At this point in the school year, many of us are deep into our classroom coaching and engaging in coaching cycles with teachers. Just as coaching can look unique from building to building, our coaching cycles are often unique to our coaching context, our purpose for partnering and the goals and needs of each individual teacher: 1:1 coaching cycles, small group coaching cycles, student-centered coaching cycles and more. Each cycle typically has a pre-coaching conversation, classroom coaching/co-teaching/observation and then follow-up conversations as well. You can find theforms and templates I tend to use for classroom coaching here.
For me, my coaching cycles right now are in the context of my graduate education courses. Each week, I engage in a single coaching cycle with each of my students: lesson planning, observing lessons and coaching conversations. We repeat this for ten weeks of the course and the focus of our cycles shift and change over time. We also meet for small-group coaching cycles focused on common topics.
As I gear up to move my university-based coaching cycles completely online, I’ve been thinking more and more about coaching cycles: what they are, why they matter, how they run, what the challenges are and more. Along the way, I’ve developed a checklist for myself to take stock of where I am in my coaching cycles and how I can boost my own understanding of them to make them more effective. Here it is:
- Am I organized for coaching cycles? Do I have files and folders for each teacher? Are all the tools and templates I might need in one shared folder for teachers to access too?
- What are the teachers’ goals and wishes for coaching? Am I keeping them at the forefront of the coaching cycle?
- Is there a shared vision/goal that our coaching cycles must also include, in addition to teachers’ own wants and needs? (This is the case in my coaching with graduate students learning specific course content.)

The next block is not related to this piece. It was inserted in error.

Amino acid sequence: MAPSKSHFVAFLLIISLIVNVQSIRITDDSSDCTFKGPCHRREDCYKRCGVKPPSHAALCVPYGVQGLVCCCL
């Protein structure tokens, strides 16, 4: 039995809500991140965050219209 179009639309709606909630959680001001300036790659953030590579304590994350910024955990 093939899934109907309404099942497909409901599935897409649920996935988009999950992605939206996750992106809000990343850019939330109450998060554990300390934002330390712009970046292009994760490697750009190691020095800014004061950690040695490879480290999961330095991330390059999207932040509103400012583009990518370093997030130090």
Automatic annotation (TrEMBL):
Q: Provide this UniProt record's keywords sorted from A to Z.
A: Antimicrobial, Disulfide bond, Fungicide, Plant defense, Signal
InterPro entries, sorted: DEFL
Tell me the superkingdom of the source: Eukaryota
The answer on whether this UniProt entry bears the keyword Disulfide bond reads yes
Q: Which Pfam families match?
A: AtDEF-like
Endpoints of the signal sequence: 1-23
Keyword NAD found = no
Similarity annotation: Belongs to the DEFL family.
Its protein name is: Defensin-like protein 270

- What kind of observations am I making and how can I keep them linked to students’ responses to instruction?
- How transparent am I in my commenting? Do teachers have access to these comments to so they know what I am truly focused on?
- How does my post-coaching conversation move our learning forward? What take-aways can I help the teacher uncover? Am I constantly searching for my own take-aways in relation to teacher learning and my own learning as a coach?
Right now, I find myself focused on the observation/note-taking process. I want to hone my observation skills and better share these observations easily with teachers. I’ll be experimenting with some digital note-taking on an iPad since propping up my laptop in the moment can be quite cumbersome.
I’d love to know what you are working on in your coaching cycles. Which aspect are you feeling good about? Which aspect might be more challenging and how will you boost your own learning to tackle it? Let’s work together to lift the level of our coaching cycles!
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